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This Week at Physics

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Events During the Week of April 16th through April 23rd, 2017

Monday, April 17th, 2017

Plasma Physics (Physics/ECE/NE 922) Seminar
Multi-Scale Plasma Modeling
Time: 12:00 pm
Place: 2317 Engineering Hall
Speaker: Dr. Gian Luca Delzanno, Los Alamos National Laboratory, USA
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Cosmology Journal Club
An Informal discussion about a broad variety of arXiv papers related to Cosmology
Time: 12:15 pm
Place: 5242 Chamberlin Hall
Abstract: Please visit the following link for more details:
http://cmb.physics.wisc.edu/journal/index.html
Please feel free to bring your lunch!
If you have questions or comments about this journal club, would like to propose a topic or volunteer to introduce a paper, please email Amol Upadhye (aupadhye@wisc.edu).
Host: Amol Upadhye
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Tuesday, April 18th, 2017

Council Meeting
Council Meeting
Time: 12:00 am
Place: 2314 Chamberlin hall
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Chaos & Complex Systems Seminar
Life inside the black box: Soil microbes, climate change, and fire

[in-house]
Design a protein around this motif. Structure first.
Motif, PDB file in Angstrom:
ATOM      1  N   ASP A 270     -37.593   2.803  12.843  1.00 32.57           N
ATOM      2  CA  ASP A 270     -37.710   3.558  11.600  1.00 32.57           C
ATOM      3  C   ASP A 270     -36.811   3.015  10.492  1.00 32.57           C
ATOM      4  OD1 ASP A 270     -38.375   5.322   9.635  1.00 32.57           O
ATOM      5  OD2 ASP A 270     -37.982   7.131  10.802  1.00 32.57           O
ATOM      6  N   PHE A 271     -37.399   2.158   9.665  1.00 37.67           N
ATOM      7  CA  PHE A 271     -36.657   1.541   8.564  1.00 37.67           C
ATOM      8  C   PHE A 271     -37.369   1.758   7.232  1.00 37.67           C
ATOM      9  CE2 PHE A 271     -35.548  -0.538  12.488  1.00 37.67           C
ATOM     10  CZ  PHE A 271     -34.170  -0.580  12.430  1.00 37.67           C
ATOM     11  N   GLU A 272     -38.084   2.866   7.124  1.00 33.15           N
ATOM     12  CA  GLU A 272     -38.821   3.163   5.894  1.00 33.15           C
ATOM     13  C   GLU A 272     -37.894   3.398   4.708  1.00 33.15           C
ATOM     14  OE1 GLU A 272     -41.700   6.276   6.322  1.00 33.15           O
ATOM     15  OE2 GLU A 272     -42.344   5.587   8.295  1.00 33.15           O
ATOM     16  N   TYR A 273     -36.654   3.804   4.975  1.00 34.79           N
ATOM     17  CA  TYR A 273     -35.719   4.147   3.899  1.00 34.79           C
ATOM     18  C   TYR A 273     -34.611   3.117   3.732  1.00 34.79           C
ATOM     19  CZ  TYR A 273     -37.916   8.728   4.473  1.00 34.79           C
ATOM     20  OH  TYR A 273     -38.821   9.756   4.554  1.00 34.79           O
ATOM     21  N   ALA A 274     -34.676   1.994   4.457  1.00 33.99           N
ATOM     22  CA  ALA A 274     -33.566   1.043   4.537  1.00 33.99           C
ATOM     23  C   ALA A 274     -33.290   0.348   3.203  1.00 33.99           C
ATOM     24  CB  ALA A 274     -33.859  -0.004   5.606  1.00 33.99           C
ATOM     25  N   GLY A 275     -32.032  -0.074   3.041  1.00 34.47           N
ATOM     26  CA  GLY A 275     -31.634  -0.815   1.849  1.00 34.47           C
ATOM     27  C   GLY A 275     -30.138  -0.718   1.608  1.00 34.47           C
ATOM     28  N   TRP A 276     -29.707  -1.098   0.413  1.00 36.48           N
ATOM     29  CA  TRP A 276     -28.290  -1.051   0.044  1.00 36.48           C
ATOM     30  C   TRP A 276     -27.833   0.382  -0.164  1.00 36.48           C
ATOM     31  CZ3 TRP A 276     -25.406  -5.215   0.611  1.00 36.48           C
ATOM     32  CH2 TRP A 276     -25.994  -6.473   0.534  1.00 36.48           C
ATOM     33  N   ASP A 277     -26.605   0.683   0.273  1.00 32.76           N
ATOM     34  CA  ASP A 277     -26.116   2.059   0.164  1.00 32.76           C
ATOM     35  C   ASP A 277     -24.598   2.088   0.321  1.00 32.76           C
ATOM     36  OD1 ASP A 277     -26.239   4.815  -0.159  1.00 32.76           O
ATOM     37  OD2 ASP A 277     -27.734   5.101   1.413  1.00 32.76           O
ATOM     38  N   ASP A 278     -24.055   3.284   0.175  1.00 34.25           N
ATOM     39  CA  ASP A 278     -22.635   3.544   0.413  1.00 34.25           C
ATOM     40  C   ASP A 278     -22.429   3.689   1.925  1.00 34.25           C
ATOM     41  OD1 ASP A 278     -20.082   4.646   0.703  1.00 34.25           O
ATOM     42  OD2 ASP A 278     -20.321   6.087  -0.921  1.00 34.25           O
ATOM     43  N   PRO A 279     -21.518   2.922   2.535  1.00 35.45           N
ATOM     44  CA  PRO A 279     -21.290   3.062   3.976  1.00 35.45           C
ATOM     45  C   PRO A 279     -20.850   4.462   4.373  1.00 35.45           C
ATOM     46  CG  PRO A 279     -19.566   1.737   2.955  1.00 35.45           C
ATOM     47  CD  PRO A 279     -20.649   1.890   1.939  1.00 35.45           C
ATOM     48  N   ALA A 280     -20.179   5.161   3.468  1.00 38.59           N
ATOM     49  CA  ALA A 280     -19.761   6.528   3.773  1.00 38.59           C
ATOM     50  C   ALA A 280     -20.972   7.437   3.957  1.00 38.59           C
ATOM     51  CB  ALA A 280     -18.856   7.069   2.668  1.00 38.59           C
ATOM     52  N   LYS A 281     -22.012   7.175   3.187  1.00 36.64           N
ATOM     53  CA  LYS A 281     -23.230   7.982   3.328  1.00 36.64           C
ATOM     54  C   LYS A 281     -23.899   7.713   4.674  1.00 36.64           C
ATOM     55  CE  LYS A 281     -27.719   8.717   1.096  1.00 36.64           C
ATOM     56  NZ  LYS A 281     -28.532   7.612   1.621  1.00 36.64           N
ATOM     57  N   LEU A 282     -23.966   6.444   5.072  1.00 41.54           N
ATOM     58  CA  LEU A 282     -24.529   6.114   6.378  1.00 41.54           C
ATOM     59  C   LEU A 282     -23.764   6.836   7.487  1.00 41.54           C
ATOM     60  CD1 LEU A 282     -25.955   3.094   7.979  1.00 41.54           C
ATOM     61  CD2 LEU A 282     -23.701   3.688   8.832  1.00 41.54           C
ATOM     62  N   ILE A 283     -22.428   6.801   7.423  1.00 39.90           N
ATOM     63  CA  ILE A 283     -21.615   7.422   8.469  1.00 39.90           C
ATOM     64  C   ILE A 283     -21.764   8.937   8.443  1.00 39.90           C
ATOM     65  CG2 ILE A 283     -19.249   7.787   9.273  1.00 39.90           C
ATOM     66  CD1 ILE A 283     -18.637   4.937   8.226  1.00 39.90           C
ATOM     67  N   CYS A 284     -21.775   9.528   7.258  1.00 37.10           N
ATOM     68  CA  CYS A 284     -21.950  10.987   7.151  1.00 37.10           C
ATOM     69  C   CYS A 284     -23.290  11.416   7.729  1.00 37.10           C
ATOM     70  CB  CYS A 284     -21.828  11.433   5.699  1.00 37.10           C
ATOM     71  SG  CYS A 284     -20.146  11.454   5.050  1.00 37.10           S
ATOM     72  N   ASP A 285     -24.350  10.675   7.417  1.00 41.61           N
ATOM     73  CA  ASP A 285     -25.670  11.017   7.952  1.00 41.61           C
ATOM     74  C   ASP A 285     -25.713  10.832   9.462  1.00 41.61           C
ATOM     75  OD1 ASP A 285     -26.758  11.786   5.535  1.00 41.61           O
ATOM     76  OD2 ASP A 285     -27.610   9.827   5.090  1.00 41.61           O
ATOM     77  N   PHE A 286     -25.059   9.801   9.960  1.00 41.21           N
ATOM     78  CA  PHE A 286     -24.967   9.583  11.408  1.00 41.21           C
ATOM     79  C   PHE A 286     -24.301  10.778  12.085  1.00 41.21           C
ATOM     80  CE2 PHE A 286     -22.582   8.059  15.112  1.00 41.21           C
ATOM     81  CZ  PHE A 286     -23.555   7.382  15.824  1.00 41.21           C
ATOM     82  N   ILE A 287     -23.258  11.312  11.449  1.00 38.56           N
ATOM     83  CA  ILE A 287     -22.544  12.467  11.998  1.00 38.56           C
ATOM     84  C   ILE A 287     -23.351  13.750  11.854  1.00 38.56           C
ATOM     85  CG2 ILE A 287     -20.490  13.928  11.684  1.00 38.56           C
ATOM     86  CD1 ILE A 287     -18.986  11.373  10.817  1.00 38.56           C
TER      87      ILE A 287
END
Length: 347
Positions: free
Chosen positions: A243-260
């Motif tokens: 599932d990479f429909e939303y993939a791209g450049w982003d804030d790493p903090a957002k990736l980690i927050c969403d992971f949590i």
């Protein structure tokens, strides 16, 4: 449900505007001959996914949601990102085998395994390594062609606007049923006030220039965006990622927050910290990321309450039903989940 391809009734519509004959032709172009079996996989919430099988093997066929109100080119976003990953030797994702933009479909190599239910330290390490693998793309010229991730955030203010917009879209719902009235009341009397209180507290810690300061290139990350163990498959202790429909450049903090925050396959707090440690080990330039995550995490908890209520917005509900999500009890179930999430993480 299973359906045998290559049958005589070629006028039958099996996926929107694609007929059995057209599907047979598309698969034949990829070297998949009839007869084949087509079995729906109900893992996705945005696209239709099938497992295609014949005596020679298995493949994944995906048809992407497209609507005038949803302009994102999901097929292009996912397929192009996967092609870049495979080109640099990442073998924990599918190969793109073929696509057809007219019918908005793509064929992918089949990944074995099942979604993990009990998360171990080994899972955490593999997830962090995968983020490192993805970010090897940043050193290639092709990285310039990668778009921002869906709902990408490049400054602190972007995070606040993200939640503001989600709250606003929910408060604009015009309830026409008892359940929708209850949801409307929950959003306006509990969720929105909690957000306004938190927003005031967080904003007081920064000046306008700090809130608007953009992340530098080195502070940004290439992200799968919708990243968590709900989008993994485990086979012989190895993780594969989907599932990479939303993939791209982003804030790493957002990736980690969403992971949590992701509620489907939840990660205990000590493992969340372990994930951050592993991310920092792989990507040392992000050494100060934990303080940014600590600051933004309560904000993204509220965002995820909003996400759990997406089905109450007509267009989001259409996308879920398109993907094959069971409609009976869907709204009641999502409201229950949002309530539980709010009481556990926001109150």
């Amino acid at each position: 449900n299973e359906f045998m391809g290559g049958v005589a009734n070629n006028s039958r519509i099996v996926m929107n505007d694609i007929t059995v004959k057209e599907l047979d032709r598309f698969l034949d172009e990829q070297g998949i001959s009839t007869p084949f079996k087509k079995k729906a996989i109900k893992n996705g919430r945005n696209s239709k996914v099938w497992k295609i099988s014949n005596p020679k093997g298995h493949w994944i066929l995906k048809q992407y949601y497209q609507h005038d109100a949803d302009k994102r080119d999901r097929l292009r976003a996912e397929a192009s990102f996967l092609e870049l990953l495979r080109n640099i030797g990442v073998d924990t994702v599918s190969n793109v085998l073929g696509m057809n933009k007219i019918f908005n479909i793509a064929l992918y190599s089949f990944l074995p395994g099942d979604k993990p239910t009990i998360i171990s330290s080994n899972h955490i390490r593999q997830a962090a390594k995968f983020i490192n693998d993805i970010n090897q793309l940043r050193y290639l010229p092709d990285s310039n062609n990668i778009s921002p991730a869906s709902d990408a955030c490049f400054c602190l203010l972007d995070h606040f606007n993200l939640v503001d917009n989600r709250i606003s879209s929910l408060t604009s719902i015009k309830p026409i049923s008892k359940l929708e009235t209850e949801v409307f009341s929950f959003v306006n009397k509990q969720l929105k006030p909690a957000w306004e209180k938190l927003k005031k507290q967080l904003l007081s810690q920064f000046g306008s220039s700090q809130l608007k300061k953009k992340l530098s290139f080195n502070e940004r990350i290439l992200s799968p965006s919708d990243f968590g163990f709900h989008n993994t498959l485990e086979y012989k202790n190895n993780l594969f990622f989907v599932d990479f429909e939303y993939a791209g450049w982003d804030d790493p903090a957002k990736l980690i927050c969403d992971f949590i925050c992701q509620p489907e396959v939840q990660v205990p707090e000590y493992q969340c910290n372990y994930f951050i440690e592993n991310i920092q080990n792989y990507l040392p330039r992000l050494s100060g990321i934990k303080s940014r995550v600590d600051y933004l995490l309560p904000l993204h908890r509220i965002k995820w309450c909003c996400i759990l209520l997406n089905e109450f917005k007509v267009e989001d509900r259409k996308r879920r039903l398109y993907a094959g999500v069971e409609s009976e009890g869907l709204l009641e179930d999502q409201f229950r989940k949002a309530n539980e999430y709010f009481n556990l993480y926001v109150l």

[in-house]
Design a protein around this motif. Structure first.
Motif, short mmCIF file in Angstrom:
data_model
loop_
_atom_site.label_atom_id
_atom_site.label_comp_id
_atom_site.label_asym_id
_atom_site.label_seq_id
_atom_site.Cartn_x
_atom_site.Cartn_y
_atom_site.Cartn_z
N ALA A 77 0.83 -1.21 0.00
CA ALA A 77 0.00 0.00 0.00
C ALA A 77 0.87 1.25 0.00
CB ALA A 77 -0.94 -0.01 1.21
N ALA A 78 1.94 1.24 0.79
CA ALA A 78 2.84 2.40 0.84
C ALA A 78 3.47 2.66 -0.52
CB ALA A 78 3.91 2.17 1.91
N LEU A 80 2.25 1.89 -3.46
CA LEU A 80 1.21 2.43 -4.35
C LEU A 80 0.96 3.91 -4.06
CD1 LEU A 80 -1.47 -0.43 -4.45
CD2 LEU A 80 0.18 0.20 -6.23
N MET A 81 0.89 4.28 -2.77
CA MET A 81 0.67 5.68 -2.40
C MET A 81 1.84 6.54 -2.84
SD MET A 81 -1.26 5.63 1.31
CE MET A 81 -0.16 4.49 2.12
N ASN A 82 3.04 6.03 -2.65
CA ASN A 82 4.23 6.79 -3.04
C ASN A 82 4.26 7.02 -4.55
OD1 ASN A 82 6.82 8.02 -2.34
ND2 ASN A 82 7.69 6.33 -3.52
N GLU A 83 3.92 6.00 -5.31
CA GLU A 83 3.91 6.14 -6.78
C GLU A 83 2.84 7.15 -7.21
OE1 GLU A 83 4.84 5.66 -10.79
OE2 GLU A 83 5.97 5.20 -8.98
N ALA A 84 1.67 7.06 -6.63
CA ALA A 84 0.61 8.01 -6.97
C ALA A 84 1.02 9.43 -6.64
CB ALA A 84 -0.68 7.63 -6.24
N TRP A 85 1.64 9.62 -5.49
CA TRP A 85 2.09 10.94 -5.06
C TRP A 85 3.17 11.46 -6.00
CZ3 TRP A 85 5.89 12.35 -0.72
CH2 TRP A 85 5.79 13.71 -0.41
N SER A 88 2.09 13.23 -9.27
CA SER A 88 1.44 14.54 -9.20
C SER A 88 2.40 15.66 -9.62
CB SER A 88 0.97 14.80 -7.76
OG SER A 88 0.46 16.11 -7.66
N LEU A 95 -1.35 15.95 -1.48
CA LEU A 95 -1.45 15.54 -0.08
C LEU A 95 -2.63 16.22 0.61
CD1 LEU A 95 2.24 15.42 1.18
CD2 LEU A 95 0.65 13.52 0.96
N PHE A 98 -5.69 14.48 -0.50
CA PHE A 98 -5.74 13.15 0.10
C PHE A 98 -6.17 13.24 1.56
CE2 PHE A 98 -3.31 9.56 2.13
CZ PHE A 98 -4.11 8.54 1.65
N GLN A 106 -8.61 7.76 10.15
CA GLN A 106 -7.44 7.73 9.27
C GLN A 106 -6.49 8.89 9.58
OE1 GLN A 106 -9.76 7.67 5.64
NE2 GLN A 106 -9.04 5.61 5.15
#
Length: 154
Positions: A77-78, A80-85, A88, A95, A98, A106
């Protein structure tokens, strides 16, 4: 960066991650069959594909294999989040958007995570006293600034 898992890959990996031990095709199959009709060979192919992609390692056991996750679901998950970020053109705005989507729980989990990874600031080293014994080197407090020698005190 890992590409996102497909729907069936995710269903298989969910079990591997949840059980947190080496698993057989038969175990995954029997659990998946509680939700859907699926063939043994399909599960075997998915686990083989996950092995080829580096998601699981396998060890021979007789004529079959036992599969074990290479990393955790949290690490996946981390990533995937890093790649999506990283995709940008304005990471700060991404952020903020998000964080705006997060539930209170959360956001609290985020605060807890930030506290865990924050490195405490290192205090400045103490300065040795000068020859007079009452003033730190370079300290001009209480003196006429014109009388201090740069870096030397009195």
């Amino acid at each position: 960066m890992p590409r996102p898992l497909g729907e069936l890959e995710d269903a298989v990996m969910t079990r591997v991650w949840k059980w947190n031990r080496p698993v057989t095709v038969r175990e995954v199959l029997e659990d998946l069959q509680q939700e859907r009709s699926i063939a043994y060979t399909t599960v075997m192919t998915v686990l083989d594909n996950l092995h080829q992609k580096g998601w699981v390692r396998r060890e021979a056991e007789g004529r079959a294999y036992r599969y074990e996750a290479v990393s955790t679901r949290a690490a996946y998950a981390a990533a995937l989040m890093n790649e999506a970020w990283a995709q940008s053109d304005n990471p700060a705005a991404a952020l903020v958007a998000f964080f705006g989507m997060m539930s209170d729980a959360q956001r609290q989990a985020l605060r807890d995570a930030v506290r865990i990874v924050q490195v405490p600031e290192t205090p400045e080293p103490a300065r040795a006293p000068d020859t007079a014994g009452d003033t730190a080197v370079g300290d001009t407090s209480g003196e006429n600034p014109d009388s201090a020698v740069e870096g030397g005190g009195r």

Time: 12:05 pm
Place: 4274 Chamberlin (refreshments will be served)
Speaker: Thea Whitman, UW Department of Soil Science
Abstract: Although charcoal is renowned for its persistence and stability in soils, it is actually a dynamic and heterogeneous material. Today, pyrolyzed organic matter is important not only in fire-affected ecosystems, but also in managed systems, where it may be produced intentionally as an agricultural soil amendment or for carbon management / climate change mitigation. How soil microbes respond to these inputs is critical for determining the net climate impact, and is only just being revealed, through advances in stable isotope and high-throughput sequencing techniques.<br>
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The implication for real weather systems is that precipitation, an important climate variable and by-product of rising moist air, possesses some form of chaos. This is made more complex because precipitating weather releases condensational heating, a positive feedback on the circulation. The properties of chaotic precipitation necessarily depend on the wide varieties space and time scales, ranging from local transient torrential thunderstorms to regional monthly heavy rain totals.<br>
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The edges of the attractor basin of precipitation are important because of their impact on ecology and human activities. Examples show how the probability distributions of heavy rain differ greatly from those of temperature, wind, etc. These empirical distributions are uncertain due to limited data length (e.g., 120 years) and improbability of extreme events. <br>
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Some questions of interpretation for power law-like relations and dependence on duration will be discussed. Finally, the implications of a temperature-dependent water vapor constraint suggest how global warming may lead to increasing limits of extreme precipitation.